In her zine-filled office at the Pembroke Center, Murphy traced the origins of zines back to the history of diaries. For her, zines are “a form of self-expression that is unregulated,” she said. 

“They are mixing together personal reflections and thoughts with political commentary and artwork,” Murphy added. 

For Krongelb, zines “are not objective and nor should they be.” While the word “zine” has been popularized, Krongelb believes it is important to highlight the transformative, accessible and democratic power of the medium. 

“They shouldn’t be expensive, they shouldn’t be glossy and fancy. They should be made cheaply and for the people,” she said. “If it ain’t cheap, it ain’t punk.” 


At SDC, Tanvi Anand ’26, the center’s student librarian, tells a similar story. “Zines, to me, represent carving out a space and expressing myself in ways that I didn’t really have the opportunity to do in my environment,” she said.

“Zines provide an alternative to dominant discourses surrounding knowledge, power and justice,” Anand said. “Anyone can make a zine and distribute it.” One of her latest projects compiles World War II newspapers, local political pamphlets and interviews with punk artists.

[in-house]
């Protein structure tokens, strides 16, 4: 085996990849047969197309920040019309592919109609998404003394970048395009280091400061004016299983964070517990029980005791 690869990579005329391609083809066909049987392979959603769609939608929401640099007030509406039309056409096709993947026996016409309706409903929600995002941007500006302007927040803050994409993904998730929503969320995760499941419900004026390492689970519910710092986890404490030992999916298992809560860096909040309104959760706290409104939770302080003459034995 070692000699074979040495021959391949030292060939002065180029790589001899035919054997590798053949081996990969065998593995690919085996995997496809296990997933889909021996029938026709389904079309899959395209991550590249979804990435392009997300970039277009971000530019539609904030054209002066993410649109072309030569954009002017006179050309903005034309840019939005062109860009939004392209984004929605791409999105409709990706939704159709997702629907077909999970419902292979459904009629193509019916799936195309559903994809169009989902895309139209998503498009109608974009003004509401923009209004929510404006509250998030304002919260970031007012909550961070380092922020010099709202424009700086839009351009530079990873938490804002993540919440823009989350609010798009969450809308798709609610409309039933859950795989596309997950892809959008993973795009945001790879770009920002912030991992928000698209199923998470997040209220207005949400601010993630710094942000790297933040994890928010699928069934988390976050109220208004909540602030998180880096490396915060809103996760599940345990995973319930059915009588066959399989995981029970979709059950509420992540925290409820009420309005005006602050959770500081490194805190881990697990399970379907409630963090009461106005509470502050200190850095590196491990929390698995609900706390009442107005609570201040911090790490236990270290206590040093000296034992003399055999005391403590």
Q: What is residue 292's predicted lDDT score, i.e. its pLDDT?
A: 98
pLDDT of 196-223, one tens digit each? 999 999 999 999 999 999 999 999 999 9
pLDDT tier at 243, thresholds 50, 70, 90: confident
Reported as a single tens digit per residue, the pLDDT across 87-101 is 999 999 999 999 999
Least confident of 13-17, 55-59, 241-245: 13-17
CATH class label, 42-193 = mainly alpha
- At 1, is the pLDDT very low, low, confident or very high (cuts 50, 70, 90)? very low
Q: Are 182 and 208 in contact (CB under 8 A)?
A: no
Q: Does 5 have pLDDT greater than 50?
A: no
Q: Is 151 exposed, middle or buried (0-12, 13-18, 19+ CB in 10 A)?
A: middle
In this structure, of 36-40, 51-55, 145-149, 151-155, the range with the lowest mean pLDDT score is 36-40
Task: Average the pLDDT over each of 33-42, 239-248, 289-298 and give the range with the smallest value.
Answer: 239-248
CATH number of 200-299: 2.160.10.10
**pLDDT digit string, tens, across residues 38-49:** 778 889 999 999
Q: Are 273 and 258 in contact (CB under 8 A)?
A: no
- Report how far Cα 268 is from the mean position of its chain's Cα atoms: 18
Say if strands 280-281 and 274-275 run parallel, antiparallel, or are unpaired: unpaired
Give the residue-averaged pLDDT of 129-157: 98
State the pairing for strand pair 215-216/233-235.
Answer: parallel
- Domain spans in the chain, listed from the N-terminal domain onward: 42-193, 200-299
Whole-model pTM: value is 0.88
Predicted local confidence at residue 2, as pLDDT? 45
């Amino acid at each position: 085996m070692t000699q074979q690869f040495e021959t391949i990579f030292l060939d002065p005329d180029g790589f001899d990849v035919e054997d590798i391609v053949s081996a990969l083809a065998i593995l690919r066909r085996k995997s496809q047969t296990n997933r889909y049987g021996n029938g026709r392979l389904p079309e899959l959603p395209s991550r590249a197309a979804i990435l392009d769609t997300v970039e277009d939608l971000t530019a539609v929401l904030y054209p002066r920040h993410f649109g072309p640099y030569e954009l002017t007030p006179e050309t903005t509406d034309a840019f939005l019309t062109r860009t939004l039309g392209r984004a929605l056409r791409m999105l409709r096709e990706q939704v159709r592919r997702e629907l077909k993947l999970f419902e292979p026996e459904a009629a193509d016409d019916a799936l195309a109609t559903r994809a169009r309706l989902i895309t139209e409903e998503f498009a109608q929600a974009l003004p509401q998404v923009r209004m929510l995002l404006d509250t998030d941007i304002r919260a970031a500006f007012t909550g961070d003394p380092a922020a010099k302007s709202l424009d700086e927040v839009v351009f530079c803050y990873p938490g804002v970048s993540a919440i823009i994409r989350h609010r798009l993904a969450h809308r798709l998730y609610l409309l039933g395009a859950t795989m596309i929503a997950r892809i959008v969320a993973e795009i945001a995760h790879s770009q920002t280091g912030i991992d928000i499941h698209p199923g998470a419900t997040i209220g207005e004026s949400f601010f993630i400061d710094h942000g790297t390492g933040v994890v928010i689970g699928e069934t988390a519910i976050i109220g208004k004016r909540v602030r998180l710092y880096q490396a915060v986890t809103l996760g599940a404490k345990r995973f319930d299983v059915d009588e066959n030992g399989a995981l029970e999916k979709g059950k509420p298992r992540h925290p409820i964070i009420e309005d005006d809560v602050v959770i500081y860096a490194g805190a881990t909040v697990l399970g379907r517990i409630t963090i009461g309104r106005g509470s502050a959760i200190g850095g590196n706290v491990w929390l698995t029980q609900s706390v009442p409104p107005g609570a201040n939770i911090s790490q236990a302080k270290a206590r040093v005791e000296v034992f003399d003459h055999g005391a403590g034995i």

While browsing through the center’s zine collection, Anand highlighted one zine with a familiar name: “(ERROR ACCESS DENIED) by malana.” Krongelb, that is.

During her time at the University, Krongelb was insistent that she would not become a librarian. This past December, she completed a master’s degree in Library and Information Science at Simmons University. Today, Krongelb is focused on digital literacy education, volunteers at a prison library and was recently named as a juror for the Coretta Scott King Book Awards. 

Building the collection, she said, “improved my personal perspective and relationship to feminism.” To Krongelb’s life, zines were — and still are — transformative.

Julia Vaz

Julia Vaz is the managing editor of newsroom and vice president on The Herald's 134th Editorial Board. Previously, she covered Environment and Crime & Justice as a Metro editor. A concentrator in political science and modern culture and media, she loves watching Twilight (as a comedy) and casually dropping the fact she is from Brazil.